This video segment from 'Earth: The Operators' Manual' explores how we know that today's increased levels of CO2 are caused by humans burning fossil fuels and not by some natural process, such as volcanic out-gassing. Climate scientist Richard Alley provides a detailed step-by-step explanation that examines the physics and chemistry of different "flavors," or isotopes, of carbon in Earth's atmosphere.

This interactive diagram from the National Academy of Sciences shows how we rely on a variety of primary energy sources (solar, nuclear, hydro, wind, geothermal, natural gas, coal, biomass, oil) to supply energy to four end-use sectors (residential, commercial, industrial, and transportation). It also focuses on lost or degraded energy.

This applet is an ocean acidification grapher that allows user to plot changes in atmospheric C02 against ocean pH, from 1988 to 2009, in the central North Pacific.

This short, time-lapse video shows the changes in the Columbia Glacier from May 12, 2007 to August 20, 2010. Narration provides general description of the geophysical dynamics and processes.

This short video explains how climate change can lead to more extreme precipitation events and more frequent flooding. Information from the CDC has succinct information about the health downsides of extreme precipitation events, including mental health impacts.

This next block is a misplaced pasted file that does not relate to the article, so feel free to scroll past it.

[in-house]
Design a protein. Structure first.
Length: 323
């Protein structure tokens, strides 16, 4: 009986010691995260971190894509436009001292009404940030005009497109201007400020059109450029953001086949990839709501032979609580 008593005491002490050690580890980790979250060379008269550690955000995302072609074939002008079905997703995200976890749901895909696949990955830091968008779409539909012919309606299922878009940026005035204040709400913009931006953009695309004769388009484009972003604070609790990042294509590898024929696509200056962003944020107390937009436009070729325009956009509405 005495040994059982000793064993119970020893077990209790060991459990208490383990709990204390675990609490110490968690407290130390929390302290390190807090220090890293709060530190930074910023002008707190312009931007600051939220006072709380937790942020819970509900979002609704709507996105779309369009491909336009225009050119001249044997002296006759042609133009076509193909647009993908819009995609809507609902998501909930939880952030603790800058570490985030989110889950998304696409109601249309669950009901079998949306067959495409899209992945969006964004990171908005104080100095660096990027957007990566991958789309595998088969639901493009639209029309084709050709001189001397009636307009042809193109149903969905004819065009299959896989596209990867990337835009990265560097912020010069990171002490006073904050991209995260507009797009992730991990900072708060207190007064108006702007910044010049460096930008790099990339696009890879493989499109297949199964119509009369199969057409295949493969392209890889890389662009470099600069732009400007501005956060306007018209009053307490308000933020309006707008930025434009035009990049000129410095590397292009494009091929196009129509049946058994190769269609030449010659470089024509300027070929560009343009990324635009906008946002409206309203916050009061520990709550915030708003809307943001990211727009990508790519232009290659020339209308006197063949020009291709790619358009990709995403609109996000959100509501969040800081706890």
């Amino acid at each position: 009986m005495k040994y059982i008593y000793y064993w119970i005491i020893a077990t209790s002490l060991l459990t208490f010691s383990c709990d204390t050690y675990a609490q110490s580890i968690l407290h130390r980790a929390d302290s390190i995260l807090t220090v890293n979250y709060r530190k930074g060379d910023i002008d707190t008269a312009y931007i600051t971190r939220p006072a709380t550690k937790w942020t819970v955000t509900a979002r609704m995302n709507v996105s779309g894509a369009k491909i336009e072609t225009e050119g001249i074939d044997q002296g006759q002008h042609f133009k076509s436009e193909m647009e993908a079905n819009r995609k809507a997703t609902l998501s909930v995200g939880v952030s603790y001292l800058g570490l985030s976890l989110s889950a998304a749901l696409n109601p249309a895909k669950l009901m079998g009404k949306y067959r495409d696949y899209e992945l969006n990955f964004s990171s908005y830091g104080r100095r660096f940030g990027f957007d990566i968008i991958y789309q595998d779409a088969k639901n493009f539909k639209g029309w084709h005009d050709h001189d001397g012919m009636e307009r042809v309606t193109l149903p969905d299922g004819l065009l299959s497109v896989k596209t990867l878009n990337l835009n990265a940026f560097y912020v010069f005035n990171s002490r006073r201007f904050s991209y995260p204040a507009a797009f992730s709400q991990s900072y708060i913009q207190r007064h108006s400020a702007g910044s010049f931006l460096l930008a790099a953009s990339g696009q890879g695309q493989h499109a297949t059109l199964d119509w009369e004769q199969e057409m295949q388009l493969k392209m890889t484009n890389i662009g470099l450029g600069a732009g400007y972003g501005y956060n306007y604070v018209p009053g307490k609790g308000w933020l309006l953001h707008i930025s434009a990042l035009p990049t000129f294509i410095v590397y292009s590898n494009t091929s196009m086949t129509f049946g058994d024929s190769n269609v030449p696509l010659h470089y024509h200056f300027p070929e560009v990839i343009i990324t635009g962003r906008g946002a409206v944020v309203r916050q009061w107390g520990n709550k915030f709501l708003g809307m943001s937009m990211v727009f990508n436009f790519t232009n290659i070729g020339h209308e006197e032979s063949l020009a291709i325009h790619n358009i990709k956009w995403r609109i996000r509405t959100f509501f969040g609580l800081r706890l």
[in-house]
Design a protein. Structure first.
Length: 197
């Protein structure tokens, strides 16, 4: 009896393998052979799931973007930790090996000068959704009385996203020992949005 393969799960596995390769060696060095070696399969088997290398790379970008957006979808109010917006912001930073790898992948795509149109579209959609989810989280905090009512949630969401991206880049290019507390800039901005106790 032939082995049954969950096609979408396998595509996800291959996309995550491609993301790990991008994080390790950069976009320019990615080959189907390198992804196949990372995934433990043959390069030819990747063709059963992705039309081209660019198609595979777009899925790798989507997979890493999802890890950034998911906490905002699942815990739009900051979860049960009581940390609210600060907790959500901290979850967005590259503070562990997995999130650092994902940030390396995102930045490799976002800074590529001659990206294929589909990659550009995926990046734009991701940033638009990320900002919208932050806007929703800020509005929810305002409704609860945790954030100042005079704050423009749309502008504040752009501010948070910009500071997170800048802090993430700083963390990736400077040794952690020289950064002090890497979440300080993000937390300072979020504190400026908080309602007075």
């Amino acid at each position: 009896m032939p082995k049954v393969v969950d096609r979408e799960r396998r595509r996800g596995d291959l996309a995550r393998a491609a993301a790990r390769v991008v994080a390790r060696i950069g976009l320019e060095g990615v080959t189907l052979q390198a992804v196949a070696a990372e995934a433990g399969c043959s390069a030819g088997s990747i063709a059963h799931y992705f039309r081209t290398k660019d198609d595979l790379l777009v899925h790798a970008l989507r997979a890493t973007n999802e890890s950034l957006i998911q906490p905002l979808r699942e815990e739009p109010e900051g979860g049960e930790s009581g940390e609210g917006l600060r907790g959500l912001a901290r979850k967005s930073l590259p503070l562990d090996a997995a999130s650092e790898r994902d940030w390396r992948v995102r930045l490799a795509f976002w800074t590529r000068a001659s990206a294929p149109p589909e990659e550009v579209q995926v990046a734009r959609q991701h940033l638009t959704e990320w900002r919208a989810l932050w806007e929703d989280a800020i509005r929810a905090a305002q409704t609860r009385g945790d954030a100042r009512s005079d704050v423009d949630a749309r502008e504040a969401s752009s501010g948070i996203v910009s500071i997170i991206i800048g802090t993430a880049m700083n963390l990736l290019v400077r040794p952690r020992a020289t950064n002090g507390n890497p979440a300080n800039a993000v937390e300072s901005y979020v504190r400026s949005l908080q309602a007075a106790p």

In this video, students learn that the Exxon Valdez oil spill in Alaska in 1989 was not the sole cause of the decline of species in the local ecosystem. Rather, an explanation is posited for why some animal populations were already in decline when the spill occurred. Many of these animals share a common food: the sand lance, a fish whose populations have shrunk with the steady rise in ocean temperature that began in the late 1970s.

This video is one of a series produced by the Switch Energy project. It reviews the pros and cons of natural gas as a source of energy.

This video features research conducted at University of Colorado's Institute of Arctic and Alpine Research, which studies isotopes of hydrogen trapped in ice cores to understand climate changes in the past.

This infographic provides an overview of what coral bleaching is and its causes. The resource combines short summaries of the steps of coral bleaching with more in-depth (though still succinct) explanations for what is happening to cause the coral to appear white. A short list of causes for coral bleaching is also provided.

This animation depicts real-time wind speed and direction at selected heights above Earth's surface, ocean surface currents, and ocean surface temperatures and anomalies.

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